10 Things to Know About Pluto’s Star Turn This Week

In real time, AMNH astrovisualization guru Carter Emmart notes the moment that humans reached the furthest point of exploration on Pluto on the big screen

In real time, AMNH astrovisualization guru Carter Emmart notes the moment that humans reached the furthest point of exploration, passing beyond Pluto

The American Museum of Natural History hosted a sold-out event at the crack of dawn this week to give Pluto fans (and Dr. Neil) a real time, play-by-play of what was happening on the edge of our solar system.

Check out our Flickr feed to see the visualizations created by Dr. Carter Emmart’s team at the Hayden Planetarium and glimpse some of the (human) stars at Mission Control and others who weighed in via Google Hangout from planetariums from around the world.

Here are 10 essential things you should know:

Pluto’s photo from earlier in the week appears on the Google Hangout, showing the “heart” area

Pluto’s photo from earlier in the week appears on the Google Hangout, showing the “heart” area

1) It was a fly-by. The New Horizons spacecraft flew by Pluto. It didn’t land or orbit around it.

2) Pluto has a reddish tint. The new color photos show that Mars isn’t alone.

3) Pluto has five moons. New Horizons is looking for more.

4) This marks the furthest point of human exploration to date. It happened just before 9 a.m. on Tuesday, July 14.

Just in -- the latest from New Horizons: July 17 photo of smooth frozen plains in Pluto’s “heart”

Just in — the latest from New Horizons: July 17 photo of smooth frozen plains in Pluto’s “heart”

5) The spacecraft, New Horizons, is the size of a grand piano. It traveled over 3 billion miles.

6) It took New Horizons 9-1/2 years to get to Pluto. It was launched January 17, 2006 and is expected to keep going out into space for another ten years. For the full story, click here.

7) The new photos confirm that Pluto is young and doesn’t have any craters (like our Moon or Neptune). Its 11,000-foot ice mountains are only 100 million years old (compared to the Rockies at 80 million years old). They formed during our Cretaceous period. More discoveries to come photos and data slowly stream in.

Fran Bagenal, New Horizons's co-PI, and Alice Bowman, the Mission Operation Manager — the first female Mission Operation Manager at APL Johns Hopkins

Fran Bagenal, New Horizons’s co-PI, and Alice Bowman, the first female Mission Operation Manager at APL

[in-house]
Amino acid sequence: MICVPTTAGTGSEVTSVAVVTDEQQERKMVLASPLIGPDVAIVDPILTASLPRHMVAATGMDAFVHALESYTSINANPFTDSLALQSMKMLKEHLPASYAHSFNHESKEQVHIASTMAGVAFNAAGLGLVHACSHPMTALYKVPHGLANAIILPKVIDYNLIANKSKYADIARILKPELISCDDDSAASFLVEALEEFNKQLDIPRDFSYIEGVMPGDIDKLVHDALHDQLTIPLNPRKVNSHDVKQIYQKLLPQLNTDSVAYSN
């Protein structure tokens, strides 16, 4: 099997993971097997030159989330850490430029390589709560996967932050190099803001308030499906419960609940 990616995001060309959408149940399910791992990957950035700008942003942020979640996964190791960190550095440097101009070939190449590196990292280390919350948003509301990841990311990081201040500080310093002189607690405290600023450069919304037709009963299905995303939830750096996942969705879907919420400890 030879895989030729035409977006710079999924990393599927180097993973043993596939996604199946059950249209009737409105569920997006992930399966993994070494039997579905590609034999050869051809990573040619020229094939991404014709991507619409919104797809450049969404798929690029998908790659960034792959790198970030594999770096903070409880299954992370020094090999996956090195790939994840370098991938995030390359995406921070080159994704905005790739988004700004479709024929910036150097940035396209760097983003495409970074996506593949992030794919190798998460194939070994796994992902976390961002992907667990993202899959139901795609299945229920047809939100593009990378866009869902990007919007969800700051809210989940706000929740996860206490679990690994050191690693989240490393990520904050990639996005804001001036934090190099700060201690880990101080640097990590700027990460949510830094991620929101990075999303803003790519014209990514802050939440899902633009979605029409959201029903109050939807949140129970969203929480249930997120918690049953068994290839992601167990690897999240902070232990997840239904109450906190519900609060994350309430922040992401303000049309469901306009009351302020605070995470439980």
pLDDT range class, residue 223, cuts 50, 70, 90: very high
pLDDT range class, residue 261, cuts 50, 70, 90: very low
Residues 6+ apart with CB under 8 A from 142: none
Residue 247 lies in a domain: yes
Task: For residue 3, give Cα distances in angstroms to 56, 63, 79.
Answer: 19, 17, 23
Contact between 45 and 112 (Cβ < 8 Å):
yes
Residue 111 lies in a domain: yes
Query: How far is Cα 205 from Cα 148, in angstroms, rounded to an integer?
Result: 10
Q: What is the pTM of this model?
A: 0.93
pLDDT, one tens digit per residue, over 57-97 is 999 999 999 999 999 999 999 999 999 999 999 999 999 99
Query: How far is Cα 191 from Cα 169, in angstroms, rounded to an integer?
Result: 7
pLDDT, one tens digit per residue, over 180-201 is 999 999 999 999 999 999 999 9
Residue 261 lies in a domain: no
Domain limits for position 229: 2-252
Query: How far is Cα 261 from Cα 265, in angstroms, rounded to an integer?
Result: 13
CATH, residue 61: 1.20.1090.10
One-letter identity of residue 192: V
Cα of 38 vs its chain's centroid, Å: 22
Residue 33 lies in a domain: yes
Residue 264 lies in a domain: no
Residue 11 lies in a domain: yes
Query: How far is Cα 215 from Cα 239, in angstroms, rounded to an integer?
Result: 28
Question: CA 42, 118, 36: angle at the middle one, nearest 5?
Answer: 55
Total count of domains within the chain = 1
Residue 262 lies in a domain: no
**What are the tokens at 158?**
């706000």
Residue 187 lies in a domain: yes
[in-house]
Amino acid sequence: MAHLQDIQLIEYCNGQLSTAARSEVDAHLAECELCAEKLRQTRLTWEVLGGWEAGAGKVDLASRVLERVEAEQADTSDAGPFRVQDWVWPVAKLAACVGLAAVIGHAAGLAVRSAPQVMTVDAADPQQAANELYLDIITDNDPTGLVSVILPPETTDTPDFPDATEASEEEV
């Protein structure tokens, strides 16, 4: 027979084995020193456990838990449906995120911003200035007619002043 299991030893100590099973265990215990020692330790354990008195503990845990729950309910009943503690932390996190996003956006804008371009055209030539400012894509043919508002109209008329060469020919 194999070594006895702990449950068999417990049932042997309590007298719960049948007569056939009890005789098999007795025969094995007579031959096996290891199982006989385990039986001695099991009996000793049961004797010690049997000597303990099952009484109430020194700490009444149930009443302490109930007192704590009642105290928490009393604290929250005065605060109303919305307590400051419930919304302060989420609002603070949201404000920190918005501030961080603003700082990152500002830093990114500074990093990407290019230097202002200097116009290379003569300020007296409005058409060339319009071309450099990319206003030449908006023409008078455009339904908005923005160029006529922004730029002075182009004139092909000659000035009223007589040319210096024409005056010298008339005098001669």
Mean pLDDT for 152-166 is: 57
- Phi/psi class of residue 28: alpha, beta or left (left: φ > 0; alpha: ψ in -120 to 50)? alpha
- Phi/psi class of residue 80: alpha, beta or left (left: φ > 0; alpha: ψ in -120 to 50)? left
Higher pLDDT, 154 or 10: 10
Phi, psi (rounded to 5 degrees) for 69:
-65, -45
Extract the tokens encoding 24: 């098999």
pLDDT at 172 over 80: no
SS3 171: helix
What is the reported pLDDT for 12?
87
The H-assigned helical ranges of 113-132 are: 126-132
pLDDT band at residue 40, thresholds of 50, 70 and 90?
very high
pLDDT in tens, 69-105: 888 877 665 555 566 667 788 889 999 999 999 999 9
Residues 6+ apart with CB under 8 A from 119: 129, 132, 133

8) The transmission speed from the spacecraft is half the speed of an old dial-up modem. That’s why mission control will be receiving photos and other data from this fly-by for the next sixteen months or more.

9) Twenty-five percent of the people on the New Horizons project are women. Alice Bowman is the first female Mission Operations Manager at APL Johns Hopkins.

10) Dr. Neil keeps correcting people to call Pluto a “dwarf planet” but all of the scientists interviewed on the mission love it anyway. Some fans think it should be “grandfathered” into the solar system as an honorary planet.

Neil de Grasse Tyson reminds astrobiologist David Grinspoon at Mission Control to call Pluto a “dwarf” planet

Neil de Grasse Tyson reminds astrobiologist David Grinspoon at Mission Control to call Pluto a “dwarf” planet

Does Pluto have a molten core? What’s the topography of Charon? Are there geysers? Are there other moons? What’s going on with the Kuiper Belt? Stay tuned as New Horizons keeps going.

NASA has a TV channel featuring (now) daily media briefings on the photos and data and has a channel with all the updates on New Horizons, including links to new photos.

Also, tune into the New Horizons site hosted by mission control at APL Johns Hopkins. Next month, releases will be on a monthly basis.

Real-time visualization of how the New Horizons maps Pluto

Real-time visualization of how the New Horizons maps Pluto

Credit goes to Carter Emmart, AMNH’s director of astrovisualization, and the other creators of the Digital Universe for inventing this 4D open-source software and sharing it with planetariums around the world and applause for the scientists that made this expedition happen!

Nearly 11,000 people watched this live telecast from AMNH. If you have time, enjoy it for yourself by watching this YouTube recording of the event, currently at 46K views and counting:

 

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